Apple has been under pressure to tighten its grip privacy rules ahead of Monday’s annual developer conference, after experts warned that thousands of apps continued to collect data from users they had chosen not to follow.
The new rules, which went into effect in April as part of the iPhone’s iOS 14.5 software update, force apps to gain user consent to track their behavior to target it with advertising.
However, many third parties continue to use solution methods to identify users who disagree, which critics say has created confusion about what Apple’s new policies will allow.
The result is that the amount of data collected by many iPhone users may remain unchanged even after they have chosen not to track it, according to Eric Seufert, marketing strategy consultant.
“Anyone who chooses to follow up now is basically having the same level of data collected as before,” Seufert said. “Apple didn’t deter the behavior they called as so reprehensible, so they’re kind of complicit in what’s going on.”
Sean O’Brien, founder of the Yale Privacy Lab, said Apple was “extremely disingenuous” in marketing its privacy efforts without properly respecting them to protect users.
In an email seen by the Financial Times, a vendor told its customers that it was able to continue collecting data on more than 95 percent of its iOS users by collecting device and network information such as IP addresses. to determine who is a user – a tactical secret known as “fingerprinting”.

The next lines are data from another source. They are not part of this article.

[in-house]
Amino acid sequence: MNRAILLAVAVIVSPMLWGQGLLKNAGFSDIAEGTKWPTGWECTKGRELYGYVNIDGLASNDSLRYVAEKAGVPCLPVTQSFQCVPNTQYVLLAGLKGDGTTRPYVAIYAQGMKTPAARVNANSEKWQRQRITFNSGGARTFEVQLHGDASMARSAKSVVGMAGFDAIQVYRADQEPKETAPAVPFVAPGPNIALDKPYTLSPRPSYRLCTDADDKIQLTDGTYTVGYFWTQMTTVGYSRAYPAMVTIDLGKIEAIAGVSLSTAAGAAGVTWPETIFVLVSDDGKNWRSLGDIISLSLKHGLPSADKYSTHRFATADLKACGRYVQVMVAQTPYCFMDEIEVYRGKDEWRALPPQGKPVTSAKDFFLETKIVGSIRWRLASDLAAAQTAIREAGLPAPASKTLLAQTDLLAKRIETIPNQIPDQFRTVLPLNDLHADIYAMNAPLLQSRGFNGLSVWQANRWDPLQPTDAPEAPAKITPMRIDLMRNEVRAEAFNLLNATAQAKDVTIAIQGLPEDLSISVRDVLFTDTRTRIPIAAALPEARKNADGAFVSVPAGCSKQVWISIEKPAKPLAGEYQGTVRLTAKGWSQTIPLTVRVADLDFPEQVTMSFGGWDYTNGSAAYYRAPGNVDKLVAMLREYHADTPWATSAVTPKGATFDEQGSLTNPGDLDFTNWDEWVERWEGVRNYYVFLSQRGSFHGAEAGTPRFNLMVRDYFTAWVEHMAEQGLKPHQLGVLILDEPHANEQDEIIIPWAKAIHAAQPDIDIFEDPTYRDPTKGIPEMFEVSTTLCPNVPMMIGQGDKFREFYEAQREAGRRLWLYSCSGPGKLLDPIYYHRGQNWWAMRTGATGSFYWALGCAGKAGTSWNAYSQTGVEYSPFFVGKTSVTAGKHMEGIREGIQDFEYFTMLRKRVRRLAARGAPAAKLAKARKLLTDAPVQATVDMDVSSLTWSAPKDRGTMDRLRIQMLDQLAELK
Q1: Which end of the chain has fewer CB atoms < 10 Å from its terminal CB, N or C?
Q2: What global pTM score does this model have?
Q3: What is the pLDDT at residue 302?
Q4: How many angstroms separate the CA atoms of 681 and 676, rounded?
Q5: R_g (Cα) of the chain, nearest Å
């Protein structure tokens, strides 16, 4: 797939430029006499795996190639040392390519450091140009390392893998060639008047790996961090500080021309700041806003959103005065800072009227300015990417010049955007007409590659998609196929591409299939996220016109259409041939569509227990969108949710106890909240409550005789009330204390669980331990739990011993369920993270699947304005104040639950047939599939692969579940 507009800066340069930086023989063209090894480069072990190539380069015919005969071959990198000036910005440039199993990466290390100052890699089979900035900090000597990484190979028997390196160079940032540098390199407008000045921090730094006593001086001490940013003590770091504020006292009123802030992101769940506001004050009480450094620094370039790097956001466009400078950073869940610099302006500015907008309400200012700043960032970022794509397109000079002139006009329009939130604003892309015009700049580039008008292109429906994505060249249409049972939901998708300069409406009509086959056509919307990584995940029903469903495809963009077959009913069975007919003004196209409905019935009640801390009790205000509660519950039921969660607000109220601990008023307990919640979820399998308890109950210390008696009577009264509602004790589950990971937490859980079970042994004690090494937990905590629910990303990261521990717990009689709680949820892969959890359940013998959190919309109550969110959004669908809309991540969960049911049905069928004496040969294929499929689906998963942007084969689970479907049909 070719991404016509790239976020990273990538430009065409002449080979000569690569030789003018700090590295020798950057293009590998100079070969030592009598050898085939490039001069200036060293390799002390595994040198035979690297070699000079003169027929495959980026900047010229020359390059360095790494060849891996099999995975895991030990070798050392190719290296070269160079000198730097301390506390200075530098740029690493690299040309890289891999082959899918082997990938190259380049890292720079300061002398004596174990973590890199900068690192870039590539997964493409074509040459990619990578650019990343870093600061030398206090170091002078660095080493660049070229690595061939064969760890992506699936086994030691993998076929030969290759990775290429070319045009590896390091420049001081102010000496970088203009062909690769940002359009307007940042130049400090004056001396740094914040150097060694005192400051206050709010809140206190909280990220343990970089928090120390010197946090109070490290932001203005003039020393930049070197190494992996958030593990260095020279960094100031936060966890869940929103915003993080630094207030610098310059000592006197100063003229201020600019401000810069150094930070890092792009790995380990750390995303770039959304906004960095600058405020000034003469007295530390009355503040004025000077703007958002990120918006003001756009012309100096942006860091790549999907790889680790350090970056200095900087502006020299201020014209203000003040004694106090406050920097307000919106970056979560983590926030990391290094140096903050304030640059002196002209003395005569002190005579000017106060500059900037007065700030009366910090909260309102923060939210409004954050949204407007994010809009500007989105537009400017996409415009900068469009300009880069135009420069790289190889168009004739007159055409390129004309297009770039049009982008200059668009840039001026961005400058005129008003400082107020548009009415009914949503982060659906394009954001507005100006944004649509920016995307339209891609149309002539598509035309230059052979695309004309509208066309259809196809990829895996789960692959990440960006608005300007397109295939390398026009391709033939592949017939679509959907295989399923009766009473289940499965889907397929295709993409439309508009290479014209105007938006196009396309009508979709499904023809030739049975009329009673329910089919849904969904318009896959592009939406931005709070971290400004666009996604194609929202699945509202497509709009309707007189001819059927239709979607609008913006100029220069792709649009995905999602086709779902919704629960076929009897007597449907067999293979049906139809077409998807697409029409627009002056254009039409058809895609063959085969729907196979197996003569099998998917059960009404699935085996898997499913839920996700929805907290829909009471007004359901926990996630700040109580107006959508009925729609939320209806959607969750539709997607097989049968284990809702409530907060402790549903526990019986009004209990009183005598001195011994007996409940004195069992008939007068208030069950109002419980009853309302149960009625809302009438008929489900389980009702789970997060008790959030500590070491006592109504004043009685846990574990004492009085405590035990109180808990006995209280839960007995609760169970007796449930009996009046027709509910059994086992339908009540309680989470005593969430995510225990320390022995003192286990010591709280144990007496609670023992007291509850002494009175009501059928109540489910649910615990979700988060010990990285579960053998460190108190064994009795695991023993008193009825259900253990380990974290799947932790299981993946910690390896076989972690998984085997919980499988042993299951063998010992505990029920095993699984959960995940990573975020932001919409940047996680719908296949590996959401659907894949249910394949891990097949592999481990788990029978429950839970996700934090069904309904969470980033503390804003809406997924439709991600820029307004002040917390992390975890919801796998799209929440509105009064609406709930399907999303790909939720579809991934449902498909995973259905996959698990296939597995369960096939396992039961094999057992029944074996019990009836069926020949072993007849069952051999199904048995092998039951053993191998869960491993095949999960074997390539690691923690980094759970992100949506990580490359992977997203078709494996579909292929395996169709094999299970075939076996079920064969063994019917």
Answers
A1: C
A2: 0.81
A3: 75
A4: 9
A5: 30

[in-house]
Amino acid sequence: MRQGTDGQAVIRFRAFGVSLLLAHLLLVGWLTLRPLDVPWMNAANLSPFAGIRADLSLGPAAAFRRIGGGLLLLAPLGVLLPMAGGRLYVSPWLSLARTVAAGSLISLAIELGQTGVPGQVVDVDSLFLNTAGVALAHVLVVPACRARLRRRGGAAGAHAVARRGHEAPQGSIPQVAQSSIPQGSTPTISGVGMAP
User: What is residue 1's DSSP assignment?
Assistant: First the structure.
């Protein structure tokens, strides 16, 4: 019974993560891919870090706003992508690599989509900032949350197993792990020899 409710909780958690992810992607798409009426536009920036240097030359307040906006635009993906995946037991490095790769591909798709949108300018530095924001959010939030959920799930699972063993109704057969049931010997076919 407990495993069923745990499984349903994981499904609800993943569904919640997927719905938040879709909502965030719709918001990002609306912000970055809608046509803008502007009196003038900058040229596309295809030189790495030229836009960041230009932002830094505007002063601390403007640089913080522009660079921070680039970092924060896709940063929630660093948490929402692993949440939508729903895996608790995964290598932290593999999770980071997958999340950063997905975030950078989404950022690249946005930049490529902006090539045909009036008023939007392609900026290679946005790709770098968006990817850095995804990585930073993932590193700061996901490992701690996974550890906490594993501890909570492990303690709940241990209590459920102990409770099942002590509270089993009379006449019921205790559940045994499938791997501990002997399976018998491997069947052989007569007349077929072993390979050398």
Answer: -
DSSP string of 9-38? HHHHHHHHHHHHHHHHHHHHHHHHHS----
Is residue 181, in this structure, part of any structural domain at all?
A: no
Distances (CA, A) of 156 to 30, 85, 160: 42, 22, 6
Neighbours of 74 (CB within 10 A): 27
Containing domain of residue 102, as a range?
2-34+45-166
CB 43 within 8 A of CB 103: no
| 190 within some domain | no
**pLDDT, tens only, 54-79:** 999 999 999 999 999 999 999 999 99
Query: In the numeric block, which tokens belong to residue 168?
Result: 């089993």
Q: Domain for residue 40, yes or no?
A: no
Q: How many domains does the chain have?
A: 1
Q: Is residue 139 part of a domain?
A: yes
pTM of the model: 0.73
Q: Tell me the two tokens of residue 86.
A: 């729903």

Apple banned fingerprinting, telling developers it “could not derive data from a device for the purpose of uniquely identifying it,” but experts say the policy does not apply.
In addition, some adtech groups, whose developer customers number in the tens of thousands, believe that “probabilistic” methods of identification looser are acceptable, because they are based on temporary, aggregated data rather than creating unique device IDs or permanent.
“The problem comes when you start to match that individual usage based on that individual data point from the device, and then you try to find the connection directly,” said Paul Mueller, executive director of Adjust, a “mobile measurement company. ”which helps thousands of apps manage their smartphone advertising campaigns. “But if you group users by behavior and then make these groups, it’s something we believe is in the spirit of these rules.”
Critics have said that the boost to Apple’s privacy may represent if it continues to allow such practices. “It became clear that iOS14 was much more of a marketing promotion than a real privacy initiative, unfortunately,” said Alex Austin, chief executive of Branch, a mobile marketing platform.
Apple said in a statement: “We firmly believe that users should ask for their permission before being tracked. Applications that are found to ignore the user’s choice will be rejected.”
He declined to comment on whether he makes a distinction between fingerprinting and “probabilistic correspondence.”
Seufert predicts that Apple will give clarity shortly – perhaps coinciding with its annual developer conference on Monday – which could lead to a wave of app rejections during the app review process this month.
If Apple expects much more, it risks coming under legal focus over the gap between reality and its marketing rhetoric, which has suggested that third-party ability to track users is completely blocked when users they asked to stop, O’Brien said.
He made a comparison with Google, which has faced several lawsuits after it was discovered in 2018 that it had traced the locations of its users even after they had expressly stated they would not.
“Apple may find this the hardest way, as Google has done in the past, if the company is hit with lawsuits for customers misleading them in terms of privacy,” he said. “As it has been discovered that Google’s location history has never really been wiped out in 2018, I think we will find that Apple still allows apps to pop out of the consumer life window.”